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Title 6/19 IFES International Conference on “Urban North Korea: Changes and Exchanges”
Date 2019.05.29
Type [Event]

Urban North Korea: Changes and Exchanges

  • Date: 2019.06.19
  • Venue: Jungsan Hall, IFES, Seoul, Korea
  • Organizer: IFES, Friedrich Naumann Foundation For Freedom
Under the leadership of Kim Jong Un, North Korea’s urban landscapes are undergoing substantial facelifts. Visually, the transformation is tremendous. In Pyongyang, nearly every year grand projects seem to surface—such as the Mansudae apartment complex, Mirae Scientist Street, the Sci-Tech Complex, and Ryomyong Street. Urban upgrades have not been confined to the capital city alone. Massive construction projects at Samjiyon and Wonsan are ongoing, reshaping those cityscapes, with concrete yet to be poured to put in motion the extensive modernization envisioned for Sinuiju. While less grand, other cities have also seen new constructions and renovations to public infrastructure, especially in the areas of residential housing, recreation spaces, and leisure facilities. Some observers attribute these improvements as a symbol of the young leader’s new economic approach and openness. While it is too early to judge if Kim is a reformer, economic and urban development is ostensibly if not tangibly linked to his reign.
Notwithstanding the top-down projects by the state to prove itself as a modern nation, other urban transformations exist in part influenced by different agents of change such as the emergent yet hard to define entrepreneurial nouveau riche middle class. A shadow real estate market is developing. Access to leisure facilities is expanding. Markets and transportation are becoming increasingly important. The urban fabric of cities is beginning to sport a new look. Classic soviet planning paradigms no longer seem the fashion as today’s blueprints lean somewhat more toward efficiency. In all this renewal, North Korea is showing an increasing openness to new ideas in fields such as architecture and urban development. What can we make of these changes? What do they reveal? What implications do they have for wider economic and societal transformations? And does the urban sphere offer opportunities for international engagement with the country?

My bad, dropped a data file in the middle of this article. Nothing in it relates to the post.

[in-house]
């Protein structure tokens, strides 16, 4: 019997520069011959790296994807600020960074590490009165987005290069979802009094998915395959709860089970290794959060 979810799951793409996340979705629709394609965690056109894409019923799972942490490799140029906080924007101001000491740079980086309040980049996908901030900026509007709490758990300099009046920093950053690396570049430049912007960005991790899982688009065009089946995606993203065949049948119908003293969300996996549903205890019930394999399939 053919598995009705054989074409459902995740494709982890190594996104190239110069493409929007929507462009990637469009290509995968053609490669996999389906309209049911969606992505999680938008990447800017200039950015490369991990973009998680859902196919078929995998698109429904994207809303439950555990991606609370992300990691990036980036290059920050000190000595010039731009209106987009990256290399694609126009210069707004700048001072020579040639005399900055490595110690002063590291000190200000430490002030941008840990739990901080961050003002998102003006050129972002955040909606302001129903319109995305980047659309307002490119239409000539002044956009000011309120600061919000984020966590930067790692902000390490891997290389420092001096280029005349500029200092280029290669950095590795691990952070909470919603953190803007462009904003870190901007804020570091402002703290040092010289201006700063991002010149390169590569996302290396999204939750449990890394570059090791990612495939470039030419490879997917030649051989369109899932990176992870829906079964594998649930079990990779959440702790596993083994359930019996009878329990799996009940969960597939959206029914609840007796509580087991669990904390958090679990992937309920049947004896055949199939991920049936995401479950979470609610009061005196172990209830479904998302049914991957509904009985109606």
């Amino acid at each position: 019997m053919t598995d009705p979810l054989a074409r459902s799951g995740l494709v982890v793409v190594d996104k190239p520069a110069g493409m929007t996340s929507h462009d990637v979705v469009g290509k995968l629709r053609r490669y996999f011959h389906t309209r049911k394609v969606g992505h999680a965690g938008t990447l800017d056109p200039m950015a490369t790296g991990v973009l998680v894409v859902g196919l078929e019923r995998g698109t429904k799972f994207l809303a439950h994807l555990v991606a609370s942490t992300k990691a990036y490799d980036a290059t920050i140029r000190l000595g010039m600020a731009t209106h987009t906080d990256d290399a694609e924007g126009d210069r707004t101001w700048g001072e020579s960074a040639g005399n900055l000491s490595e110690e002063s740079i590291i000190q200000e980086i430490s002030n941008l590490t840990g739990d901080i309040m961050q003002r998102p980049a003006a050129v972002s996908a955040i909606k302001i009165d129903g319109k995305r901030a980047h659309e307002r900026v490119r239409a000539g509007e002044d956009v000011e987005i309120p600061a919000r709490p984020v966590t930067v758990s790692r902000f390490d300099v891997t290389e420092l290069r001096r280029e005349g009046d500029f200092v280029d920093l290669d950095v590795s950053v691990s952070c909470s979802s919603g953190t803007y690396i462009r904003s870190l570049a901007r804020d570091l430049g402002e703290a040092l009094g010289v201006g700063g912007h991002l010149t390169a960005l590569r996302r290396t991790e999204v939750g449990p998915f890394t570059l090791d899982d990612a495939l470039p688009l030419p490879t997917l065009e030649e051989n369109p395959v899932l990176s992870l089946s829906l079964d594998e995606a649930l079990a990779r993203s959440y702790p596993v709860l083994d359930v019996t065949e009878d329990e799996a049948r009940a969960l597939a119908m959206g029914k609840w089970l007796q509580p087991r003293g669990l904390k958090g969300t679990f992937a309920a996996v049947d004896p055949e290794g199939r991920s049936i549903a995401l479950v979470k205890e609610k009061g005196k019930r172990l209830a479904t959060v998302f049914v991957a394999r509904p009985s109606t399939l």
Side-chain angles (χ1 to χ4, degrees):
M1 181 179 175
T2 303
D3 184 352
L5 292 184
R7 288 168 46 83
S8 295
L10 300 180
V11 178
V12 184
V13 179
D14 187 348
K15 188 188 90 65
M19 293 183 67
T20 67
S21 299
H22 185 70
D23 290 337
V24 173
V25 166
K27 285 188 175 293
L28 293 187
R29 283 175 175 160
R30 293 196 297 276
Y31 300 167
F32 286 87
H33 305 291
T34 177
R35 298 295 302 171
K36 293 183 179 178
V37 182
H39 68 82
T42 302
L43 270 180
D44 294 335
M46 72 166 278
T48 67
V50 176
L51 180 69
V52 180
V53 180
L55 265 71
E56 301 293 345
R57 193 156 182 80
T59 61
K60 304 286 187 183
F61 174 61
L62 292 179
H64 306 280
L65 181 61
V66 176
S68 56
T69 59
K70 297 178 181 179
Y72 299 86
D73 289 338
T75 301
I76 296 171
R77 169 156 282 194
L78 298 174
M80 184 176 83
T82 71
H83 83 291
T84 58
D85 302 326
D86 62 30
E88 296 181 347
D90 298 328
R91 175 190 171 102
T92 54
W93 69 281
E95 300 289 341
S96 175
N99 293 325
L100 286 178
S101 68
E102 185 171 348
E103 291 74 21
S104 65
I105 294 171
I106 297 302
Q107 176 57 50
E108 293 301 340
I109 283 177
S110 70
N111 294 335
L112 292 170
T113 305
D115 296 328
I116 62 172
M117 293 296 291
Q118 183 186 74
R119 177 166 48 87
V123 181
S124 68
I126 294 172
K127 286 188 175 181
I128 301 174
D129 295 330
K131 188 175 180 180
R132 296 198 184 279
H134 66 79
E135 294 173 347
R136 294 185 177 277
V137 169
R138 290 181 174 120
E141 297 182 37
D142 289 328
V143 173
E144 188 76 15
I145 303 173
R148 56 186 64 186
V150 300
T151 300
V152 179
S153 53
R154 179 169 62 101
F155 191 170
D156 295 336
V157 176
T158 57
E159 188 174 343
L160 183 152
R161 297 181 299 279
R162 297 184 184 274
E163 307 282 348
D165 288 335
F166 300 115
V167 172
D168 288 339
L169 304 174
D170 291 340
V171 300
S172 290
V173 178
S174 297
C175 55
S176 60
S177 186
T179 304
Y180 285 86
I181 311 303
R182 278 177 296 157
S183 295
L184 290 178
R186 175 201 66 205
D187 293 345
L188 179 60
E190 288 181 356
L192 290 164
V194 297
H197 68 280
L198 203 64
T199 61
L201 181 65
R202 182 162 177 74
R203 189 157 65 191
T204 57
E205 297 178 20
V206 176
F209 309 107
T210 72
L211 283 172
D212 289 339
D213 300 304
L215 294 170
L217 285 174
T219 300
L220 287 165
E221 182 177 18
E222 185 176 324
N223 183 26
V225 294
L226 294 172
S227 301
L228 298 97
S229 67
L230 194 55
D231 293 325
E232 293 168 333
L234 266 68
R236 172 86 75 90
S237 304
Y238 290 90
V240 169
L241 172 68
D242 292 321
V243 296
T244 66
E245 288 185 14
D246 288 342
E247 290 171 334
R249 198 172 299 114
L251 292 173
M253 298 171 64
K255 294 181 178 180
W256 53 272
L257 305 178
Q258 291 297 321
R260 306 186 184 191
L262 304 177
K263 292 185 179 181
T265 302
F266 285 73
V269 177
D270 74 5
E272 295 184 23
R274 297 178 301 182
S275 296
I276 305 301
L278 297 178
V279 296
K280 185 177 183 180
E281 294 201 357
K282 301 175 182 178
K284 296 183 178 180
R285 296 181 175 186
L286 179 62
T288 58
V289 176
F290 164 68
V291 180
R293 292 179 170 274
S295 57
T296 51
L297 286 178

In light of the developments, the Institute for Far Eastern Studies (IFES) of Kyungnam University and the Friedrich Naumann Foundation for Freedom (FNF) are hosting an international conference on Urban North Korea: Changes and Exchanges. Through presentations and panel discussions with invited experts, we will seek to illuminate and evaluate the transformations, analyze their implications, and discuss encouraging directions for North Koreans and international civil society including South Korea to engage in peaceful, permissible, and mutually beneficial cooperative exchanges, which in some cases are already actively taking place.
We cordially invite your participation at what we hope will be an informative, meaningful, and productive conference.